Tuesday, July 31, 2007
Dan, this entry is for no one else but you. I think we've had our fair share of discussions about these two in the past, but also more or less skirted questions of their greatness while acknowledging their impact and influence; my guess is this had more to do with the relative assurance of their places in the pantheon of great directors. Perhaps now, however, our feelings about these two deserve to be explicitly stated for the record. I don't particularly feel the need to be overly reverential, but, as Geoff just wrote to me, What a weird fucking day!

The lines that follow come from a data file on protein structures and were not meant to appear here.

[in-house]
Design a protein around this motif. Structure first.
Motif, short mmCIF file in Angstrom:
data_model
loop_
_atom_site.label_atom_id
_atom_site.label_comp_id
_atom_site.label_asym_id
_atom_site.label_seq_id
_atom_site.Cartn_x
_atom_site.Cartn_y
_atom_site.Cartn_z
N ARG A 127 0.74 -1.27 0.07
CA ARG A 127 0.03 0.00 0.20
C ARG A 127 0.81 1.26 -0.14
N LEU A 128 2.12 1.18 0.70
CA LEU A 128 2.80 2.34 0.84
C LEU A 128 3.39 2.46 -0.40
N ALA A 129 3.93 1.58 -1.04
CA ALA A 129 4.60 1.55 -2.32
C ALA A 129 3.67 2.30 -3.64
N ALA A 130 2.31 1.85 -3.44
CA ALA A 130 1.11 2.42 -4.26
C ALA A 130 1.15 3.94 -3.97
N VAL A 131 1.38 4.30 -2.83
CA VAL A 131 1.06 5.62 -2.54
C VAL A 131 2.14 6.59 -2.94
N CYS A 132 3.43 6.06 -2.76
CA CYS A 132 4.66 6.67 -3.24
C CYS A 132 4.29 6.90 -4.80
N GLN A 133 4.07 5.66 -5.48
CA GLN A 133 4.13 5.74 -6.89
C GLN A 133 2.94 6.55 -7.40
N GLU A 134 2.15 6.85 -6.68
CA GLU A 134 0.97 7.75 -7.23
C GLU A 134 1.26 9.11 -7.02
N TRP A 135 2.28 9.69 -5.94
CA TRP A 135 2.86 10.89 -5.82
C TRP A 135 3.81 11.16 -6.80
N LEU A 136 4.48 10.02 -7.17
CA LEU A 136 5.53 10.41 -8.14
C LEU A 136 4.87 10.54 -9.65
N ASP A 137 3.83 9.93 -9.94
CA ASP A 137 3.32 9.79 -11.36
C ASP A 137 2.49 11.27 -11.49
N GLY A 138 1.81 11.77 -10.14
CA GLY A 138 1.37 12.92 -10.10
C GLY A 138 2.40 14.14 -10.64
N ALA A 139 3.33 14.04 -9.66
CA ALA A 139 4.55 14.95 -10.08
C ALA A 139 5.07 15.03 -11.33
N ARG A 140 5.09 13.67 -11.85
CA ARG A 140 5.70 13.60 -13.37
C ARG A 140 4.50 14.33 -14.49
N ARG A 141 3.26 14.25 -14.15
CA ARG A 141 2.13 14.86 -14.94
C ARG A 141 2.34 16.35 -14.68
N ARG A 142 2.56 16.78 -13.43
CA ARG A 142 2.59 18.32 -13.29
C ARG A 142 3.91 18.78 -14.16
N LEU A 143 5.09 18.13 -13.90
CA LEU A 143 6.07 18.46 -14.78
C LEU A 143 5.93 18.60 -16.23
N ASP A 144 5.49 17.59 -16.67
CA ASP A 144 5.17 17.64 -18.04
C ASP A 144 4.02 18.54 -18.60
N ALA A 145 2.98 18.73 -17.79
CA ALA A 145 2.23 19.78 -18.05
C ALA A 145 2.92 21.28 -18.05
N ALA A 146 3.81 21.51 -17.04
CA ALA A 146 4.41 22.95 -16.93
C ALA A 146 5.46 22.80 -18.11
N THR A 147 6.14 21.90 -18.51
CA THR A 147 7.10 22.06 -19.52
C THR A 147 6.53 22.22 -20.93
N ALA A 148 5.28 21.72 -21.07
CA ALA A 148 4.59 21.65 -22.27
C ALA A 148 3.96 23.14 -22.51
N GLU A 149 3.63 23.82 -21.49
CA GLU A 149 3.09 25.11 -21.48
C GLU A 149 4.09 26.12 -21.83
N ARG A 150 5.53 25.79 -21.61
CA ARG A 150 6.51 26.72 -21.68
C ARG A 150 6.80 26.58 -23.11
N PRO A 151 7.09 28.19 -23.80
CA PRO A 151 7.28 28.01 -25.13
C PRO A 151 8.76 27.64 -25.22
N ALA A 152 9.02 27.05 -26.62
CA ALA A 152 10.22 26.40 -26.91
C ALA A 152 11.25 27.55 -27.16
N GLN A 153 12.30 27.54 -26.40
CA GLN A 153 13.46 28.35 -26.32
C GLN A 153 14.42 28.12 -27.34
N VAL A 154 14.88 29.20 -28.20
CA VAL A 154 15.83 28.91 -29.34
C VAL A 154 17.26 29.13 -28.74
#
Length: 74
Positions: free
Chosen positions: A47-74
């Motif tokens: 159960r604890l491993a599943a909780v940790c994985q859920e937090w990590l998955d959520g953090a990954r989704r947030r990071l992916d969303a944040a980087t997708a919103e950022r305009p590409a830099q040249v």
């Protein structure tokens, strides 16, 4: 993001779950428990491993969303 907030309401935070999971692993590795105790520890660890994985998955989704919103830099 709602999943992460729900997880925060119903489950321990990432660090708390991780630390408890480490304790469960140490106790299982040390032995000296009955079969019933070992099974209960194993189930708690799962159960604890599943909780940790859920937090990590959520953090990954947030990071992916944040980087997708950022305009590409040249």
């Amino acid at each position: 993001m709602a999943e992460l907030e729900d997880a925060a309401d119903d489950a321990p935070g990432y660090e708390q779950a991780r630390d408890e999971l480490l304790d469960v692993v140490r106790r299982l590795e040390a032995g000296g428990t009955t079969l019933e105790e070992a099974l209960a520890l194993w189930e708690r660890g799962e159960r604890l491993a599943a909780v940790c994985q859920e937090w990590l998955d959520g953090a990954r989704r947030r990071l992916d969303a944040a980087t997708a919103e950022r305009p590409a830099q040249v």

BTW, can you believe the month started with the passing of Edward Yang and ended with Bergman and Antonioni passing on the same day?
Shall I begin?
I feel more comfortable talking about Bergman since I have known him the longest and returned to him at various points in my aesthetic upbringing. Is it cliche to say that I was introduced to European art cinema through the Seventh Seal? I rented the thing from the library and if I'm not mistaken, it was in a shiny silver box with the famous last scene on the cover. I think I rented it because I had heard some mention of the "playing chess with death" scene and that sort of overt allegory was attractive to me at the age of 16 or whatever I was.